Concerns are then escalated.
“It’s not just a tick box exercise,” insists Mr Williamson. “It really does make a difference.”
Notably, elsewhere in the UK, it was the volunteer visitors who highlighted a lack of sanitary products for women detained –an issue subsequently resolved as a result.
“The volunteers play a vital role in policing,” reflects PCC Matthew Scott. “They help to improve conditions in custody and provide a voice for some of the most vulnerable people in our society.”
From April 2017 to March 2018, 319 visits took place at the custody suites in Folkestone, Margate, Canterbury, Tonbridge, Maidstone, Bluewater, Medway and Ebbsfleet.
More than 1,000 detainees were seen and willing to answer questions on their treatment.
“They don’t tend to just criticise,” says Mr Williamson of those in custody they encounter. “Mostly they are happy to talk. If they ask us why they’re there we have to shut down that conversation immediately. That’s not our role.
“In fact, some have been complimentary about how they have been handled and we’ll feed that back too.
“Fortunately, we don’t see huge significant issues. It’s mostly little procedural things – like times of reviewing those in custody being missed or delayed. We pick that up and report it.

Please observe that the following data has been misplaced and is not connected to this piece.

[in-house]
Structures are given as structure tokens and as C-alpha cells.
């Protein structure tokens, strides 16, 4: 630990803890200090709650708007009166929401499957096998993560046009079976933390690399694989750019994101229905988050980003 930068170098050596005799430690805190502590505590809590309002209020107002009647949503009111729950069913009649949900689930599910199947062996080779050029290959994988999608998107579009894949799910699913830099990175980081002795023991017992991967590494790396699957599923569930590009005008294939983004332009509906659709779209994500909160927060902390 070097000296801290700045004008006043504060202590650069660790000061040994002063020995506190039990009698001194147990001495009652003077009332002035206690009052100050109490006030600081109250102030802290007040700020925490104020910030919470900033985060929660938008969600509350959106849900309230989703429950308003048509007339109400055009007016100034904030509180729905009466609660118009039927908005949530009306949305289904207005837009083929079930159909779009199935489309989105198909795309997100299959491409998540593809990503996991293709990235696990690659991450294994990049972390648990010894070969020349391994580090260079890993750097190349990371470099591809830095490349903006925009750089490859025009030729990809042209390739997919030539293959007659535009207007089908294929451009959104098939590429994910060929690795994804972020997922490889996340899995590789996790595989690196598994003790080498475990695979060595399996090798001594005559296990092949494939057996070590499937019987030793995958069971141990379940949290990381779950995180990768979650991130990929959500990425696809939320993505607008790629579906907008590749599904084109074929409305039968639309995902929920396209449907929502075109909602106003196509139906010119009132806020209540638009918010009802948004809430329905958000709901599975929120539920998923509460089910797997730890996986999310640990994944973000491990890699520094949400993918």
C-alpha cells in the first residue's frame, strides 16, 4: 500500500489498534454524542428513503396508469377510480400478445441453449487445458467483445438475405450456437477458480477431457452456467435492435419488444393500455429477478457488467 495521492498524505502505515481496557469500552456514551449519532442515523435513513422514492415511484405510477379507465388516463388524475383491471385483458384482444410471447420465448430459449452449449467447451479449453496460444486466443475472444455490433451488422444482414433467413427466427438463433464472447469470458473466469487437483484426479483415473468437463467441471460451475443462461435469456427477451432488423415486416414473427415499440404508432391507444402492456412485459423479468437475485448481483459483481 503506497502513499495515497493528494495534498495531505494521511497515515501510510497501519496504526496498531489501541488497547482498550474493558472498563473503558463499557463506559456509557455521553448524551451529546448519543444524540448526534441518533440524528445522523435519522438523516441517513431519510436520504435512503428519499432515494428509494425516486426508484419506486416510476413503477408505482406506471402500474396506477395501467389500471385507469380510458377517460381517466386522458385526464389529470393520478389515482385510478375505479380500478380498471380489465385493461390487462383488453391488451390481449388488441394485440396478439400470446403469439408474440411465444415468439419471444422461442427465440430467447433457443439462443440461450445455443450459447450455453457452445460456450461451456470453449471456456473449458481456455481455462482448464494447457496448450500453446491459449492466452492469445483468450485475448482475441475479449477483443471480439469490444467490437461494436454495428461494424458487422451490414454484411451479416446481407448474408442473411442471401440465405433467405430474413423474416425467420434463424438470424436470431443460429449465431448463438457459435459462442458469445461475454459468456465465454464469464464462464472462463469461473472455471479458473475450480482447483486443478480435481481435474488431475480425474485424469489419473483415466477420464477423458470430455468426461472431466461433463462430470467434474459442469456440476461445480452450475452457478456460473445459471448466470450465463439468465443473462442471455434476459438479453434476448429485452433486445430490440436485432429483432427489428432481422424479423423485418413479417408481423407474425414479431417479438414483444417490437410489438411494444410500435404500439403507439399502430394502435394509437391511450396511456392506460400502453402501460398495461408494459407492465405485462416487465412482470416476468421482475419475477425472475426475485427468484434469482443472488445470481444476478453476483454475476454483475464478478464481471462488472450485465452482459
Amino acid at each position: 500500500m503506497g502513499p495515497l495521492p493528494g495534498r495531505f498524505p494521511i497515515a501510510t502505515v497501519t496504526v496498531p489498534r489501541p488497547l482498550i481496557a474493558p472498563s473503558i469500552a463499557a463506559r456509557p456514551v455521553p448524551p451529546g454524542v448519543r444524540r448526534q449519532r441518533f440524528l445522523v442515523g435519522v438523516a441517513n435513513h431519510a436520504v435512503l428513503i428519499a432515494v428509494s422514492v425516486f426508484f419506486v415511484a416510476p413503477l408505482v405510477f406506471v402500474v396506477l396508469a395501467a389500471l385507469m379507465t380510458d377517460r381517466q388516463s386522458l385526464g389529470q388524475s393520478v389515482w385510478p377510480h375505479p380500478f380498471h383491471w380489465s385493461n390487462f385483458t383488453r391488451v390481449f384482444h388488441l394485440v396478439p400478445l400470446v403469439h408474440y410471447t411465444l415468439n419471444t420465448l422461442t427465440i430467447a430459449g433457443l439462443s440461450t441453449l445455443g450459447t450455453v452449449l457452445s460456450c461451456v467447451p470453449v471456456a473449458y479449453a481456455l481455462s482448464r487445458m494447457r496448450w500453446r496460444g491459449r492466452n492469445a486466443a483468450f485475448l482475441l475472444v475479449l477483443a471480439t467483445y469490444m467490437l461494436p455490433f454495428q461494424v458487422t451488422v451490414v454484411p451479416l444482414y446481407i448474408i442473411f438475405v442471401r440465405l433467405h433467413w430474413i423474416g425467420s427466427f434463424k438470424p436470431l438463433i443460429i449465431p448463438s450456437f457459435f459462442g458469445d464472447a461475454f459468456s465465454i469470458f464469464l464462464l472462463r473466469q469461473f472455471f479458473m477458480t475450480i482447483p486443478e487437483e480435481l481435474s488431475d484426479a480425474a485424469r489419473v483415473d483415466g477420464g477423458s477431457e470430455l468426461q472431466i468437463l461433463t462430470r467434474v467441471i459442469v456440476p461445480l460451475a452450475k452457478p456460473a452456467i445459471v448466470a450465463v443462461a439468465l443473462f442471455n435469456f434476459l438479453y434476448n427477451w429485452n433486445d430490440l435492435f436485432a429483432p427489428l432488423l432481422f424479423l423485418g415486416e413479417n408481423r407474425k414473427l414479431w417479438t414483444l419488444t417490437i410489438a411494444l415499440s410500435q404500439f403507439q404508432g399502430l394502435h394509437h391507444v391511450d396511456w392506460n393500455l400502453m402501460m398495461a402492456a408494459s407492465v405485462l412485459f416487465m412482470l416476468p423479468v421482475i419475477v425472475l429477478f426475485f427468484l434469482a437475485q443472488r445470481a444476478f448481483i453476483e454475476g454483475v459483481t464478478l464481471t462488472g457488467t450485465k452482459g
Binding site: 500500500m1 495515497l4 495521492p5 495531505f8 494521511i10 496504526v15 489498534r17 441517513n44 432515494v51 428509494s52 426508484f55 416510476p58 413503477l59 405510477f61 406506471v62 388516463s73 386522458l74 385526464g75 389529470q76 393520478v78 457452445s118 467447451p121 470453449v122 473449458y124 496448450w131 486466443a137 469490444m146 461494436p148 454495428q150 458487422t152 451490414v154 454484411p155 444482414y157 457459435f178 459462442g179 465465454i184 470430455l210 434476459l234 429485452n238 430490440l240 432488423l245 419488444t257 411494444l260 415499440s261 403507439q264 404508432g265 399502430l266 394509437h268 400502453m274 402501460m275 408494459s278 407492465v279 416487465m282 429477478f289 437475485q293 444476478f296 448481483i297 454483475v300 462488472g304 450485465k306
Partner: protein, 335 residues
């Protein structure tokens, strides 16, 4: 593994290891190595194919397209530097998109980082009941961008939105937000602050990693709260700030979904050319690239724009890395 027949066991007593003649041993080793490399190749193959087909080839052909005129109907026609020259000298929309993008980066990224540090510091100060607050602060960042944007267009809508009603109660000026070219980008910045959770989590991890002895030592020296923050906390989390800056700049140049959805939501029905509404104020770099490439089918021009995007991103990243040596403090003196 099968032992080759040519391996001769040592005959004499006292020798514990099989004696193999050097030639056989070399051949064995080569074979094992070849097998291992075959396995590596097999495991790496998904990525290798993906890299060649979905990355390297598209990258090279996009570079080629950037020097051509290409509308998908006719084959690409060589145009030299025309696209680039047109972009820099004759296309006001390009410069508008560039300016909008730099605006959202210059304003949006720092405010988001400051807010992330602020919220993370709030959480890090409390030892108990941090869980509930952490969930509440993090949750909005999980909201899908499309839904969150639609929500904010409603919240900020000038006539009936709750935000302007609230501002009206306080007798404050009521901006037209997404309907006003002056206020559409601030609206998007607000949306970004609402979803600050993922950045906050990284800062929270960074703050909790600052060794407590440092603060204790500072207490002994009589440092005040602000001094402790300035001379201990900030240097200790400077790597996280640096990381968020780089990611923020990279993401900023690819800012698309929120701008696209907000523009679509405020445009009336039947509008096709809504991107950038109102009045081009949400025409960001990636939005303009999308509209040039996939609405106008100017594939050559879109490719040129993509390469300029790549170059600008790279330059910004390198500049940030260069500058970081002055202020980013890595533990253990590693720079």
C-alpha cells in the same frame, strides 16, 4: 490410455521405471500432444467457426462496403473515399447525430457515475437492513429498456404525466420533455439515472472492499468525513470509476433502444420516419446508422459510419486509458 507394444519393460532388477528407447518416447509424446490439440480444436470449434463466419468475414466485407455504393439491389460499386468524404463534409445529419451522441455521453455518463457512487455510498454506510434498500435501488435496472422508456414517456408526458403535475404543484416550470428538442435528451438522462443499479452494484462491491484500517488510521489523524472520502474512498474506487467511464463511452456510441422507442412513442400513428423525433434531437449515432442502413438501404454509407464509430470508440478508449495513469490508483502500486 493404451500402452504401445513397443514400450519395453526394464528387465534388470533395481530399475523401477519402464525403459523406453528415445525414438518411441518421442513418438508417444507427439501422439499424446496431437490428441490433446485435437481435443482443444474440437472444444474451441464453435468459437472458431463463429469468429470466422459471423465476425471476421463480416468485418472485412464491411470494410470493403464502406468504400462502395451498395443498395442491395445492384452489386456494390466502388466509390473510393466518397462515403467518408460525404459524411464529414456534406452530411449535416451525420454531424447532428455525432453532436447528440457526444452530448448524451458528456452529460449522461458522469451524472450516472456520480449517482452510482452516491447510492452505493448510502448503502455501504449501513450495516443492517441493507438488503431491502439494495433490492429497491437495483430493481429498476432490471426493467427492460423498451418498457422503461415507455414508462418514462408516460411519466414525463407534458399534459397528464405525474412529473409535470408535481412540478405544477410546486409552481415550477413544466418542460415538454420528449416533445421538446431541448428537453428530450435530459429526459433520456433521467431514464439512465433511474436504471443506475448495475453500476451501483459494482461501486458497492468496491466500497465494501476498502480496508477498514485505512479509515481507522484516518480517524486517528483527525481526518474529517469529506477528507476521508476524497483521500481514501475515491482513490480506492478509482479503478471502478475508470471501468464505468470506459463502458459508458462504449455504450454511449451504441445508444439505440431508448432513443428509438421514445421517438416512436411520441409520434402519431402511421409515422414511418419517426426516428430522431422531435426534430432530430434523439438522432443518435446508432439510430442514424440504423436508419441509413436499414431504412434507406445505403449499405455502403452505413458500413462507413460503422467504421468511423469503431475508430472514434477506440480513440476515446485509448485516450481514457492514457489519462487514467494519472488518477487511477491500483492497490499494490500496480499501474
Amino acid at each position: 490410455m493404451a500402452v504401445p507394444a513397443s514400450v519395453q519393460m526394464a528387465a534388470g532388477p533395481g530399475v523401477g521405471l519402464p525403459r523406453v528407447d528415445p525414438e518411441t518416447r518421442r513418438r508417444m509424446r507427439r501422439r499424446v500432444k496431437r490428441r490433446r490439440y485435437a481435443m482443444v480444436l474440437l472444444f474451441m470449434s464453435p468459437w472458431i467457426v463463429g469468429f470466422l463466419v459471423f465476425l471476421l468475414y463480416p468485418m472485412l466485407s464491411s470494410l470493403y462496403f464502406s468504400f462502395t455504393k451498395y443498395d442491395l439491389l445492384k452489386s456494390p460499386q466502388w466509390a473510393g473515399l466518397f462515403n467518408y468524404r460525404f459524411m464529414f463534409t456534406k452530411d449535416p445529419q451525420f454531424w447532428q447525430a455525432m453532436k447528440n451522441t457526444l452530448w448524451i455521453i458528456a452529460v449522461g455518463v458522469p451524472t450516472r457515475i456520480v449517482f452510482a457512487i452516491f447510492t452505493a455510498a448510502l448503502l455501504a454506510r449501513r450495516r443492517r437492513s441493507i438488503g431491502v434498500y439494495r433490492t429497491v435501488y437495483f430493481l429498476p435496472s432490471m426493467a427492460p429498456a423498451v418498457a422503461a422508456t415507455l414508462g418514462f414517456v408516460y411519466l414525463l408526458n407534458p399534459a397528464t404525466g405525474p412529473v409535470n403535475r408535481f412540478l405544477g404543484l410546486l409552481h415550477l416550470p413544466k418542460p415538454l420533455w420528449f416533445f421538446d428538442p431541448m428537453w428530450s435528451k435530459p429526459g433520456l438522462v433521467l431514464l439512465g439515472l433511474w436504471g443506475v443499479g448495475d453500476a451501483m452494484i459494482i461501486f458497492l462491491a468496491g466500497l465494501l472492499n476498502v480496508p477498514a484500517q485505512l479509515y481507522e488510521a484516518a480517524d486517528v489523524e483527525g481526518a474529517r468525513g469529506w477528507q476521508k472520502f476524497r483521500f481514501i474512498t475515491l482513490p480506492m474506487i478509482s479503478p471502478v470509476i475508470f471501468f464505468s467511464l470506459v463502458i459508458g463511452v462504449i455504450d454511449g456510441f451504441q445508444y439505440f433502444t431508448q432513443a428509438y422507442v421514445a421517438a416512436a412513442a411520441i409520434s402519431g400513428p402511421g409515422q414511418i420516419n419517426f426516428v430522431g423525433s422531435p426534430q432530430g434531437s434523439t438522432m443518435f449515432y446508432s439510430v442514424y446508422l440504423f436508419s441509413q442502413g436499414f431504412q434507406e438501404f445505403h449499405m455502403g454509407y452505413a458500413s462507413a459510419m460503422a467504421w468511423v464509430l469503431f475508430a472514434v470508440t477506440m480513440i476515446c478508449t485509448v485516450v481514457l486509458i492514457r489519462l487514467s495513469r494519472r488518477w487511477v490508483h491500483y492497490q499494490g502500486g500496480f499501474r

“It’s important there is an independent oversight – people who have nothing to do with the police; have no vested interests in conviction rates or whatever but just make sure people are being treated properly.
“There is a risk that no matter how good the standards you’ve got – and this applies to all organisations, not just the police – if you feel you can cut a corner, you will.
"Those bad practices then become ingrained in the processes so you move away, almost imperceptibly, over a period of time, from being excellent at what you’re doing to barely doing what you’re meant to be doing.
“We’re there to ensure that doesn’t happen.
“Transparency of the police is important for those for whom they have taken their liberty away..." - volunteer Neil Matthews
“I certainly didn’t come in to this thinking the police did not treat those in custody fairly.
“Pre-Scarman, that may possibly have been the case. But that’s not the reality now and hasn’t been for some time.”
Ah yes, the ‘old way’ of doing things recreated in hit TV shows in recent years such as Life on Mars and Ashes to Ashes where when detained the eyes of society were looking elsewhere.
“Life on Mars doesn’t happen,” laughs Neil Matthews, “but you get a better understanding of the police.
“It doesn’t mean, of course, you’re going to forgive them if they do something wrong.”
For those who want to volunteer, the latest round of recruitment has just concluded, but the police and crime commissioner is keen to hear from others interested in the role.
They are keen to hear from any adults, of all ages, ethnicities and genders to take part. Each will be subject to a recruitment process and be vetted.
Anyone involved in the criminal justice system or police cannot apply.
The only condition is you live or work in Kent, have lived in the UK for three years, can speak good English and can commit to the time for the visits and the subsequent filing of reports.
Each volunteer is expected to do at least 10 visits a year - but many will do more. There is also a meeting of all volunteers to discuss issues every quarter.
For more information or to apply contact the Kent police and crime commissioner office at firstname.lastname@example.org, call 01622 604347 or see www.kent-pcc.gov.uk/icv.html